3.Of course, someone might object to this line of reasoning. I’m assuming the traditional authorship of the NT. But that’s something which Crossan denies.

Indeed, he does. And for what reason? Because Crossan doesn’t really believe that human memory is all that unreliable.

To the contrary, the reason that a liberal like Crossan denies the traditional authorship and date of various NT documents is that if they really were written by apostles or companions of the apostles or half-siblings of Jesus, then they would be far more difficult to discount.

Crossan denies that Matthew wrote Matthew, John wrote John (or 1 John), Peter wrote 1 Peter, James wrote James, and Jude wrote Jude because, if they were written by folks who knew Jesus, it would be quite implausible to claim that they misremembered what he said and did.

Even if you bracket inspiration and assume—for the sake of argument—that their recollections were fallible, it is still unconvincing to claim that the Jesus they record for posterity is unrecognizable. No one with a normal memory has that bad a memory.

Even if they made a few mistakes in their recollection, these would be minor errors. Suppose someone asked you to write down what you remember about your parents when you were growing up. Yes, you might misplace where or when something happened. You might forget exactly how your mother or father worded something. But as far as the powers of recollection are concerned, your descriptions would accurately characterize your parents.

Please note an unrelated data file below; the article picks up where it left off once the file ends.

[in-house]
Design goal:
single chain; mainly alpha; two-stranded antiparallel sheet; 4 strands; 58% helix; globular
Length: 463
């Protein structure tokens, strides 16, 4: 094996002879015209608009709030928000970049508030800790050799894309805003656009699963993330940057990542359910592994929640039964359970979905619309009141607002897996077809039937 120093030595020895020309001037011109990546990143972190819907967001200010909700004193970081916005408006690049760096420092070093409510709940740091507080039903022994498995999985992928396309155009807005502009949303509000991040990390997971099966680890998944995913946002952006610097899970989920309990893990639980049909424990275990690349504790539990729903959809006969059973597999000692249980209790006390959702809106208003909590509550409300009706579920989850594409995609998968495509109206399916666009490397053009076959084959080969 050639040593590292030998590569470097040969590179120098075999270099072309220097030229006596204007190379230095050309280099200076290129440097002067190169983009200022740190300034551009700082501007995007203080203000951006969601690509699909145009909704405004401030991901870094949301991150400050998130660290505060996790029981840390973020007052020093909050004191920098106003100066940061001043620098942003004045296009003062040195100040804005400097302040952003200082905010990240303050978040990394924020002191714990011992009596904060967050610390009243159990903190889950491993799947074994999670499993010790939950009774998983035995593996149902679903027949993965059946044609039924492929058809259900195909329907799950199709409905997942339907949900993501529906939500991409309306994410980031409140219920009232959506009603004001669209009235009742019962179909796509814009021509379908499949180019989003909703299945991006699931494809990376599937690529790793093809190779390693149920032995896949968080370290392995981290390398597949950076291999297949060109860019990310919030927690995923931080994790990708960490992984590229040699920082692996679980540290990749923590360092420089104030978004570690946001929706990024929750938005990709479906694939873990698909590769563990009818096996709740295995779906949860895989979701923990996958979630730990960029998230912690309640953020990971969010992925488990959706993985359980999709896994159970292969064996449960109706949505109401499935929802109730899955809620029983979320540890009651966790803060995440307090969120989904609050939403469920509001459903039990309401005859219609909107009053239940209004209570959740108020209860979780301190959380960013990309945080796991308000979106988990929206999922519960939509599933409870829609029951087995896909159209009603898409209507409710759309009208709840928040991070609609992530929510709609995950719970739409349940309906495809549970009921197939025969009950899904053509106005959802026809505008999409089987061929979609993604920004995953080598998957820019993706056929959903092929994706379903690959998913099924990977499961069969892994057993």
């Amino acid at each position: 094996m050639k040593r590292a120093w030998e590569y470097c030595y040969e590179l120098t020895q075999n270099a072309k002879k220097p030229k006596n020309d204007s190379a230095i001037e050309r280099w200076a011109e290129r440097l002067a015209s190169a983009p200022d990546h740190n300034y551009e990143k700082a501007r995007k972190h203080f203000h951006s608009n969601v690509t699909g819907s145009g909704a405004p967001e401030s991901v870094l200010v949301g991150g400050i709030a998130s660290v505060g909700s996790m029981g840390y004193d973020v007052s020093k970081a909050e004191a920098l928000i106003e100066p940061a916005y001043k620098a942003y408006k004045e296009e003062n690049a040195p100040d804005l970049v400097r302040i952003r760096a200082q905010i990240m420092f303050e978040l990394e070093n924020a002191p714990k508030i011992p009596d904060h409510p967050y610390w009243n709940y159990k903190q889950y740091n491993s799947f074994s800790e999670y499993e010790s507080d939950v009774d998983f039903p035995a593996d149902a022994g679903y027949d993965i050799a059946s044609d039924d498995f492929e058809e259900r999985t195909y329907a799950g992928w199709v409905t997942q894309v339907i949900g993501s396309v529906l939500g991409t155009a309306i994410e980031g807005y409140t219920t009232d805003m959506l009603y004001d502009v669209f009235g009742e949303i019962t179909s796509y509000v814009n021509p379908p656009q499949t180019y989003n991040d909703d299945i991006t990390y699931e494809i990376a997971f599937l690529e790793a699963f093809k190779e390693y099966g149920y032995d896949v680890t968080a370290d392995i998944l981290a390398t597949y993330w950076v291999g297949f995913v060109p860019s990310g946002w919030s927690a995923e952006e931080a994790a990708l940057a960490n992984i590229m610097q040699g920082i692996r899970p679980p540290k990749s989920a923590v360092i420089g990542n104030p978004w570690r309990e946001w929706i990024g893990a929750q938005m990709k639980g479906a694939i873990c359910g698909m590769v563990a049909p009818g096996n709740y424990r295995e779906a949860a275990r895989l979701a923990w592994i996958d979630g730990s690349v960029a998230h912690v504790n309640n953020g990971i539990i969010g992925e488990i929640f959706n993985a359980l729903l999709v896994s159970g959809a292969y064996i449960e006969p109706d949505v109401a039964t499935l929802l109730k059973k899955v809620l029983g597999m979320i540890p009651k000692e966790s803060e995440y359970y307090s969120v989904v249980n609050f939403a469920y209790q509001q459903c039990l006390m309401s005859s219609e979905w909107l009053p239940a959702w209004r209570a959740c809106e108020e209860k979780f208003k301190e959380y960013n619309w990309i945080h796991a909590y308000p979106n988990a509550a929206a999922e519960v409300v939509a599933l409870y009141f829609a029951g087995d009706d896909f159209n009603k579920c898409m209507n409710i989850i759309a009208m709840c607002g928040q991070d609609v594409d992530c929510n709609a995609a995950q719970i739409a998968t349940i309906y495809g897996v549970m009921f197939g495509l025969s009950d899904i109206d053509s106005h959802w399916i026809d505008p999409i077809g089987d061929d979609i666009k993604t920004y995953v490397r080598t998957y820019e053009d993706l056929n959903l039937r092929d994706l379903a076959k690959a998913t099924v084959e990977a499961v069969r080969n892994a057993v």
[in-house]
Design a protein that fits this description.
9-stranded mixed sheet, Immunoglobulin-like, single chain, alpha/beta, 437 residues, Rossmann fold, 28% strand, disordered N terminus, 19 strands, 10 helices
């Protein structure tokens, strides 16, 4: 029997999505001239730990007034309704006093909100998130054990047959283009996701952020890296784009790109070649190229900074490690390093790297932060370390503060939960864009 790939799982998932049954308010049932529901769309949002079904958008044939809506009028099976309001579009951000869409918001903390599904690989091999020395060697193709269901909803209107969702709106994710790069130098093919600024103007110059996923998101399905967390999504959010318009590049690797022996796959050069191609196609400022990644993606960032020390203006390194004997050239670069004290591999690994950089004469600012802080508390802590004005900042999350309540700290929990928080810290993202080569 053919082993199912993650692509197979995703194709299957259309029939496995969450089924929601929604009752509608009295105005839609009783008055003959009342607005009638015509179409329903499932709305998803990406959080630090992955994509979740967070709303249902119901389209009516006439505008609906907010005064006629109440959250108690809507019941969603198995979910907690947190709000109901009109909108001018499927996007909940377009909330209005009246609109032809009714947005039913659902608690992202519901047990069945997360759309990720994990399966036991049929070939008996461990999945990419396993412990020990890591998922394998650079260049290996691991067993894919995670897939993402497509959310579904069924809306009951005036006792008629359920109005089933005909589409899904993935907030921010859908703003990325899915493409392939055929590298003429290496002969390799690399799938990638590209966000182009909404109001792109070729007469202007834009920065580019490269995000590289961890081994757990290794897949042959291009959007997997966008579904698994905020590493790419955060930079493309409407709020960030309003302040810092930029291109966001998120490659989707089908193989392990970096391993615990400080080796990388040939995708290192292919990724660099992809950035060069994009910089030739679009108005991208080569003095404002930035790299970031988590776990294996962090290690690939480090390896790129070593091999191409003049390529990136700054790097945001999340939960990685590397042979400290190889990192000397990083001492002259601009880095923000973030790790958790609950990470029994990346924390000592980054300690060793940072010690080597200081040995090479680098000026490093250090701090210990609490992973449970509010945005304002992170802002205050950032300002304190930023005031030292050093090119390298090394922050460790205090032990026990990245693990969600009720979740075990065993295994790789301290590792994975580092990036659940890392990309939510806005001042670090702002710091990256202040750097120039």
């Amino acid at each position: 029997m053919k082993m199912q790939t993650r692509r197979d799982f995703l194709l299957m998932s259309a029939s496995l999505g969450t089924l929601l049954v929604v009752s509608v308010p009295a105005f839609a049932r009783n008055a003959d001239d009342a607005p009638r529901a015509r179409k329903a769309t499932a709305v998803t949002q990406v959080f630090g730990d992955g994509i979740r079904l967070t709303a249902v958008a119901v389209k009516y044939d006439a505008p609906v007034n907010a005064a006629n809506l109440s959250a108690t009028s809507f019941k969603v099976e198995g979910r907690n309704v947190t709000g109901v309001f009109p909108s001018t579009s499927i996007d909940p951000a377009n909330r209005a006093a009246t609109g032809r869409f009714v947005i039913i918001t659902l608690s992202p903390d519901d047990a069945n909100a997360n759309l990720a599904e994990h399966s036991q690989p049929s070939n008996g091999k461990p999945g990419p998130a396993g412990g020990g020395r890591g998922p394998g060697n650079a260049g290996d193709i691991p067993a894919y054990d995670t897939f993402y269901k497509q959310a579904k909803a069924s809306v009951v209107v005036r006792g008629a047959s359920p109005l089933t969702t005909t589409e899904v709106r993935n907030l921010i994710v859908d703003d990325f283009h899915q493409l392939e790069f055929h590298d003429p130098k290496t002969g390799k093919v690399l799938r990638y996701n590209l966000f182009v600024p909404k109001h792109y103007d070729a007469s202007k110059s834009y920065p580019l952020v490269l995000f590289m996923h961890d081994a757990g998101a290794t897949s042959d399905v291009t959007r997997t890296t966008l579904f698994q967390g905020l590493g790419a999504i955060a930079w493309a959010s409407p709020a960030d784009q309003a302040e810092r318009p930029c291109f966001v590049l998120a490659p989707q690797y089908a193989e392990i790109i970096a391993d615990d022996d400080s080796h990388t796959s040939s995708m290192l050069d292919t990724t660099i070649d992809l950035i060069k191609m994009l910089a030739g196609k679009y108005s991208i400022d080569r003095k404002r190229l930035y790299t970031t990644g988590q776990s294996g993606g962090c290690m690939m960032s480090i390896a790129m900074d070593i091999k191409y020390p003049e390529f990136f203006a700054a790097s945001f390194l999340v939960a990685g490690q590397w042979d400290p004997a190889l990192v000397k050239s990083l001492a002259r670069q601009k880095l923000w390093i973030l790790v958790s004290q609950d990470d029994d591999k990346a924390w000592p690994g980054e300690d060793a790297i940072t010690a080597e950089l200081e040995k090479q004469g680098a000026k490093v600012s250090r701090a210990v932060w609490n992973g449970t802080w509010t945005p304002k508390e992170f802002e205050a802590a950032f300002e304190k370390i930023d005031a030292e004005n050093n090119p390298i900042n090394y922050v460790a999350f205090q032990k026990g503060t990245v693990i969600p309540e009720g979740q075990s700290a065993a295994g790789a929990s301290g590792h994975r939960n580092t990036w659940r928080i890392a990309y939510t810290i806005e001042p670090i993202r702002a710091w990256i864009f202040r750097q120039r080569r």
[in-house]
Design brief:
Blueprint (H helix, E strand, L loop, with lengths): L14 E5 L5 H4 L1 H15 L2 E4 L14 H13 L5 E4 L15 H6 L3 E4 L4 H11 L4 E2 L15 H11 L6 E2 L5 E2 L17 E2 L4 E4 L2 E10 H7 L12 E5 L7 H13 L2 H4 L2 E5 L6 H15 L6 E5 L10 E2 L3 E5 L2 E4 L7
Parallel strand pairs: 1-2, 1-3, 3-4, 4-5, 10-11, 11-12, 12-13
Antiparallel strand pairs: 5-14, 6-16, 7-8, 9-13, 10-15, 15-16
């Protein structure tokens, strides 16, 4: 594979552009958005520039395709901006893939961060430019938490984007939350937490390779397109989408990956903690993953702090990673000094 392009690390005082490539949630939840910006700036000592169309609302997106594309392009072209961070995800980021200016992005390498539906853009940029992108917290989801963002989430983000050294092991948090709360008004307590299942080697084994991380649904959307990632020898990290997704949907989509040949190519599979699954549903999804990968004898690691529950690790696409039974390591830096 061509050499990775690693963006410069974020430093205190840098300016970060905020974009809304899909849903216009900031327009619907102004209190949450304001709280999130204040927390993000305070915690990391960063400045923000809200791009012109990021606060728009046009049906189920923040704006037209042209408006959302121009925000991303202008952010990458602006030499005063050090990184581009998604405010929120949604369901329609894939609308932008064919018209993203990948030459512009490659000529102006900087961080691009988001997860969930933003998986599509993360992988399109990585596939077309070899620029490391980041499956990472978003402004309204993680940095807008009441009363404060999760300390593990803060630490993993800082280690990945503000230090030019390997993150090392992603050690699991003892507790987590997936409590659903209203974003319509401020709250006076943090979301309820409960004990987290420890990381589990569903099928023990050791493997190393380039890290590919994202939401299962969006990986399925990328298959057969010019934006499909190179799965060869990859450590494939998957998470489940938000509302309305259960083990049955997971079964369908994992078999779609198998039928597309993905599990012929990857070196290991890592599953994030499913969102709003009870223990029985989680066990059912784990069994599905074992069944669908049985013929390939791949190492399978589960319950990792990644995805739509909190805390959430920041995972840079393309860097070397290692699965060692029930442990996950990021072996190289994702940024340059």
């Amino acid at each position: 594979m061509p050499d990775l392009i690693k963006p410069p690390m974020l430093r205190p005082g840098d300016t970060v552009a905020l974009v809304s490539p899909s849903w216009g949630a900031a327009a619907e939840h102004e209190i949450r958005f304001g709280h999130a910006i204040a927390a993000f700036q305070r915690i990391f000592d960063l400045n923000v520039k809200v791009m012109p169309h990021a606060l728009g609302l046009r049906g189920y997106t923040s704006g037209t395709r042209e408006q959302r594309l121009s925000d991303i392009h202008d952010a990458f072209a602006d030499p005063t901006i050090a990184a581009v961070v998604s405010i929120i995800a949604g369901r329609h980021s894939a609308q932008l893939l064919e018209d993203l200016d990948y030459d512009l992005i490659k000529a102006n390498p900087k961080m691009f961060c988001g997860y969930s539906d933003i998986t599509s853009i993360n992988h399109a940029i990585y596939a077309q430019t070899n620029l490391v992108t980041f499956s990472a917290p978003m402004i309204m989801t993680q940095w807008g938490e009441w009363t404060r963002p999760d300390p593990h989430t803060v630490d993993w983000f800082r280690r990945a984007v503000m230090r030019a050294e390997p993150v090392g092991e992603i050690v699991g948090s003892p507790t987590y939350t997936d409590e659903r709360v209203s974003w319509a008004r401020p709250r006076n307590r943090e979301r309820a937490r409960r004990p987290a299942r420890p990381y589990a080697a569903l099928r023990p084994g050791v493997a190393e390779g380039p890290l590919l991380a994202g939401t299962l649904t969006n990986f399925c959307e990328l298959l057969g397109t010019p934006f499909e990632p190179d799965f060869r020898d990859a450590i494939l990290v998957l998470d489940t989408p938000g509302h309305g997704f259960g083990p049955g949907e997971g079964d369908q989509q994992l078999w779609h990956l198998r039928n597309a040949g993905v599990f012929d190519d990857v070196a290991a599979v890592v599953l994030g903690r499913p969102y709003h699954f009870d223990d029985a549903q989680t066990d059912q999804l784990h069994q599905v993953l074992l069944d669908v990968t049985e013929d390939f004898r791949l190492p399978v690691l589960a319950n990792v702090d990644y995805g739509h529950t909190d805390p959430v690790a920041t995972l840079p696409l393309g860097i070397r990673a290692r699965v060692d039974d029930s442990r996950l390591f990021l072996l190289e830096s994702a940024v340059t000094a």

Where people wildly distort the record, it isn’t because they have a poor memory. It’s because they remember exactly what happened, and they want you, the reader (or listener), to have a different recollection of what happened.

Indeed, a liberal like Crossan has so much confidence in the reliability of human memory that he will not only deny the authorship of first-hand accounts, he will also denies the authorship of second-hand accounts like Mark or Luke—who rely, not on their own memory of events (for the most part), but on the memories of their informants.
For Crossan, even that is far too trustworthy.

4.Now, another stated reason that liberals like Crossan deny the historicity of the Gospels is because these are faith-statements. They are by authors who are writing to persuade.

But this, too, is unconvincing. That can’t be Crossan’s real reason. For if that were his real reason, he wouldn’t feel the need to deny traditional authorship. If that were his real reason, then he could admit that John wrote John, but then dismiss what he wrote on the grounds that John’s account is vitiated by his theological commitments.